Why Business Owners Don’t Trust Marketers
Ask any business owner (or maybe you are one yourself), what they think of marketing and specifically marketers, and you’ll probably be met with a grimace and a look of apprehensive fear. It’s no secret, business owners do not trust (or even like) marketers. Why is that?
First, a disclosure: I am a digital marketer. Which means I understand if you don’t trust me, but I’d like to share some industry insider secrets to help you as the business owner succeed. See one thing that makes me different from most marketers, is I don’t have a marketing or a communications degree, I have an engineering degree. I’m a professional engineer by trained and (for better or worse), that means I feel I have a duty to ethics, law and maintaining public safety.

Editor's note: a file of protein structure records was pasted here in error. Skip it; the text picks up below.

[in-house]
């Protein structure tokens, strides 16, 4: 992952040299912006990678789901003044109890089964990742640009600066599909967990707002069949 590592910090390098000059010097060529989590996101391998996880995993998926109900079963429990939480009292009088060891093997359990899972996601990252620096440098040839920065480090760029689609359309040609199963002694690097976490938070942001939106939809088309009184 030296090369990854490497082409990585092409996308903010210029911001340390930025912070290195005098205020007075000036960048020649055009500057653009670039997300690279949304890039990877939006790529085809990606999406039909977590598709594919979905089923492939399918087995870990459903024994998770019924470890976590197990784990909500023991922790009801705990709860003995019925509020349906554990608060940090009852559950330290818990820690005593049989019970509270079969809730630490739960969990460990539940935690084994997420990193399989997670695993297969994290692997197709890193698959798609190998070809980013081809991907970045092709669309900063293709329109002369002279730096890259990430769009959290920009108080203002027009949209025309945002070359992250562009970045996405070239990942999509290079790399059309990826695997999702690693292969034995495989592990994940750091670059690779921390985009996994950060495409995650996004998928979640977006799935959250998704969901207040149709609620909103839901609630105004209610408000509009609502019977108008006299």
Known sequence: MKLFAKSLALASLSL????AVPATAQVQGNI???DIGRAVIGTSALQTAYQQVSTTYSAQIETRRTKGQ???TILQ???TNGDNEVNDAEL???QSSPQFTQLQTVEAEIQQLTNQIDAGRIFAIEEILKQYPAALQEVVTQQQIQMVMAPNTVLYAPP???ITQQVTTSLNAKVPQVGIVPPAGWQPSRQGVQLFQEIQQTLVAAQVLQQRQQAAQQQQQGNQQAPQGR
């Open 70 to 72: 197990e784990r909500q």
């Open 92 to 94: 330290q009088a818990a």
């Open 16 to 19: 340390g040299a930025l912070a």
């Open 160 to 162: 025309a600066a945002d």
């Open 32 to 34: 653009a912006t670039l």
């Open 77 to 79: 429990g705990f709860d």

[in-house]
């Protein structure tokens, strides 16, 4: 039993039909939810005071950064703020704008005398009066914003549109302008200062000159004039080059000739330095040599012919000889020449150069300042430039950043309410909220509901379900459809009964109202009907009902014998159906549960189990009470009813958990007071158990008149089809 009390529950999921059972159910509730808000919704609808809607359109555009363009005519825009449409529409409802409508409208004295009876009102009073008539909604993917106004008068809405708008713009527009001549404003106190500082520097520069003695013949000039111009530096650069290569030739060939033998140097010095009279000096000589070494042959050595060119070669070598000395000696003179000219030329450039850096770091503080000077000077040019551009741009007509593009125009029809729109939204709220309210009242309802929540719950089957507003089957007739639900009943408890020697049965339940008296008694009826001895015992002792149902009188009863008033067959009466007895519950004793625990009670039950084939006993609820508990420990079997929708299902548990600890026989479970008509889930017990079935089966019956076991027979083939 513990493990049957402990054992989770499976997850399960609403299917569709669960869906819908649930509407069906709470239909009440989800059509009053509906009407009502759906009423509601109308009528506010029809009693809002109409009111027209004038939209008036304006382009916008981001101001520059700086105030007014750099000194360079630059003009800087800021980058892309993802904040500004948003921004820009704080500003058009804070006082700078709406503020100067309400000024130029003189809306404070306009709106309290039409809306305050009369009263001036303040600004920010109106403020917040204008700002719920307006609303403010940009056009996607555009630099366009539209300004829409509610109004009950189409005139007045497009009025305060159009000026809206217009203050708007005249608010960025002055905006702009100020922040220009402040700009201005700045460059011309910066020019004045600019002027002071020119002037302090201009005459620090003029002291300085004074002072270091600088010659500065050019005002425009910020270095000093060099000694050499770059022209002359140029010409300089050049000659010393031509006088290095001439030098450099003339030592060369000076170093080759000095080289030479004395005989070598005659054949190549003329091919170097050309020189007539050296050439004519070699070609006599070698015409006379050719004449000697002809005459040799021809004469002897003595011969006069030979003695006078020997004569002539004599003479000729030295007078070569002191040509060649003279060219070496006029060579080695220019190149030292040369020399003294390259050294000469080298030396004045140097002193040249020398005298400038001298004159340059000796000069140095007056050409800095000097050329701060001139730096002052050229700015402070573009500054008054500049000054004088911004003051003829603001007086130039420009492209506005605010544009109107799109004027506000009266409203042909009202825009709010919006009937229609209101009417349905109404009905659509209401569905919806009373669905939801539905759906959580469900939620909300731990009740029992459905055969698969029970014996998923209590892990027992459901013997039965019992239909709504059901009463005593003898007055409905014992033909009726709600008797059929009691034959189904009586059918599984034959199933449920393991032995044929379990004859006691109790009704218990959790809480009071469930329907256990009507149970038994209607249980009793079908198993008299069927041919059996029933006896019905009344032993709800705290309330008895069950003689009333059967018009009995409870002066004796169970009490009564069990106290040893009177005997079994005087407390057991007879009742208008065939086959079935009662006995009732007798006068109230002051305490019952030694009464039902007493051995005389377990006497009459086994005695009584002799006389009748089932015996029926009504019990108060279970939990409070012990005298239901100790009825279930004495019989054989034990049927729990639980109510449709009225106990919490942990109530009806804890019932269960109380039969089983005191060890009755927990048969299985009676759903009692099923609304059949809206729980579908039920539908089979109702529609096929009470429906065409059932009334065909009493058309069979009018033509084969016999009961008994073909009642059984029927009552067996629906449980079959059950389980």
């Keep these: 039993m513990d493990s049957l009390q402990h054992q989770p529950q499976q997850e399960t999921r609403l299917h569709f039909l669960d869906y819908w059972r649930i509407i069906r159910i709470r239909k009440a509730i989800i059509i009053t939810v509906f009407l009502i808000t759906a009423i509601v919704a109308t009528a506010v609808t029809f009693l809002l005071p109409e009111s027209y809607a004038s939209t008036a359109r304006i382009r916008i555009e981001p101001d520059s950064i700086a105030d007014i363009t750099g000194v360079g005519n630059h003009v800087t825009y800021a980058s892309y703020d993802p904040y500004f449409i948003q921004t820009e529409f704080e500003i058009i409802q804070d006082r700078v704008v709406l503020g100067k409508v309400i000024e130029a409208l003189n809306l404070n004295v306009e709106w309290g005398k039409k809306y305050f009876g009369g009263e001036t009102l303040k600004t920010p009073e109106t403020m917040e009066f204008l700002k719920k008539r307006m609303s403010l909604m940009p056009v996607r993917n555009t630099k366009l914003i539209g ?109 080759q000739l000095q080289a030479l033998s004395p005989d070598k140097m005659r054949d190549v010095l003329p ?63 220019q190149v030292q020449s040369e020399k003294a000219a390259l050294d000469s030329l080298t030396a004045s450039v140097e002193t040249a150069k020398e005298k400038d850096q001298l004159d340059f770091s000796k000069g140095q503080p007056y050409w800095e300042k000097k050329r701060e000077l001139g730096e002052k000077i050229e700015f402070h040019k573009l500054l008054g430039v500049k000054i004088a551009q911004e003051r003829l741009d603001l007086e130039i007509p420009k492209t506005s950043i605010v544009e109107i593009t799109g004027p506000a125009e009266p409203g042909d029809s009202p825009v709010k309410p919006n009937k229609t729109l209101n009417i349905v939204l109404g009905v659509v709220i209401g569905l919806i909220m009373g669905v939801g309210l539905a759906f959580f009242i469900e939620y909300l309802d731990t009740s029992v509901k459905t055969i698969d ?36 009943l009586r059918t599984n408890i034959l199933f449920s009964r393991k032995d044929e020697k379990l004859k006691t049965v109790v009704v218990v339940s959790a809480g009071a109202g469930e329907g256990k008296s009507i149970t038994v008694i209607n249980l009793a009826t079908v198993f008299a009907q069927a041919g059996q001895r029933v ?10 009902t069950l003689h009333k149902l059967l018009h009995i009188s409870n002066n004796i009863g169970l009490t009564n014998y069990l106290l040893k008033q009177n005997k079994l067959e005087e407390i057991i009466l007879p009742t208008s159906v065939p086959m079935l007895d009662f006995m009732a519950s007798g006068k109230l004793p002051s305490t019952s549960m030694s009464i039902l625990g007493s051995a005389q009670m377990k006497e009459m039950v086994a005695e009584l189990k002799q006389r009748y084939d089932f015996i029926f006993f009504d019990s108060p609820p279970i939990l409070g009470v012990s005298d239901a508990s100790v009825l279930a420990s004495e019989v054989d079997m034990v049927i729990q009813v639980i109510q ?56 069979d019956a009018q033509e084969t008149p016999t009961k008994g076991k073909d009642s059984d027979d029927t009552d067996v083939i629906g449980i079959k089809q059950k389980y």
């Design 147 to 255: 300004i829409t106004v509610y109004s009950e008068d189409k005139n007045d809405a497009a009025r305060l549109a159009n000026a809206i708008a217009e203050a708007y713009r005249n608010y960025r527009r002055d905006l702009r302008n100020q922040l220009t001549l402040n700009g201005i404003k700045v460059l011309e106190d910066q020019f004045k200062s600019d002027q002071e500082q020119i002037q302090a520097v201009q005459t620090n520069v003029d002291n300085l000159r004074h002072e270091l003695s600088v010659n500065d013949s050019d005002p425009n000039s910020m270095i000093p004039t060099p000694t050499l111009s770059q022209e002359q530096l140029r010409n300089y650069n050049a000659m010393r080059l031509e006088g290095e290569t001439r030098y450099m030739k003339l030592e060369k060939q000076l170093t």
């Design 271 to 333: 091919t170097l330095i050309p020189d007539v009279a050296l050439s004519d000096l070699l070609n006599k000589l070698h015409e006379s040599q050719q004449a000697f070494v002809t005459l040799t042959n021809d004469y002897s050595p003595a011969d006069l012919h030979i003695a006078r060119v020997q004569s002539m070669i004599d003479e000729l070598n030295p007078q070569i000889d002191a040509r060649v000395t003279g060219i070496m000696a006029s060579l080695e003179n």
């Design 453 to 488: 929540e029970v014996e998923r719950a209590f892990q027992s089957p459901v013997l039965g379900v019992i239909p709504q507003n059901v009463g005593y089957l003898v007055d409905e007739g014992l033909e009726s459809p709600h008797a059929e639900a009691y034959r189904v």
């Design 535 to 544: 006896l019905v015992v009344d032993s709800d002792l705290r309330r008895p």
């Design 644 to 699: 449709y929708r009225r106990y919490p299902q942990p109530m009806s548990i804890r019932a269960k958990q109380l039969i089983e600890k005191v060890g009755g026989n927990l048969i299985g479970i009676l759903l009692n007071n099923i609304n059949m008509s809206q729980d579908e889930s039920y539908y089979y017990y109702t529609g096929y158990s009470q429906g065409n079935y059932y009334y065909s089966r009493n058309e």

Why All Marketers Feel Like Liars
I’ll make this real simple: if your yearly budget for marketing is $20k per year, you would expect to earn at minimum $20k revenue, and depending on your margins, ideally closer to $25k or $30k revenue to cover your overheads and end up with a profit. We invest money in marketing to earn more money down the road. So far so good?
So what happens to the business owner who invests $20k, was promised the world by the marketer, and by year end is lucky if he made $10k in revenue? Not only did he not break even, but actually lost money. The marketing firm happily pocketed their commission, but you’re left scratching your head saying “but I invested all this money, why am I behind?!”. To add insult to injury, the ‘expert’ marketing firm you hired profited quite nicely, while you’re flailing in the mud.
Suddenly, rage takes over. You feel like you’ve been lied to. This marketing firm promised all sorts of traffic and e-commerce sales, and YouTube subscribers, and bigger emails lists, and impressions, and reach and all those ‘marketing buzzwords’, and most importantly promised you revenue and profit, yet….you’re left wondering “where is it??”.
Why Many Marketing Firms Fail To Deliver
I’m not naming any names here, these are just some of my observations from the last few years of being in the business. And here’s the easiest way I can explain it: marketing is complicated.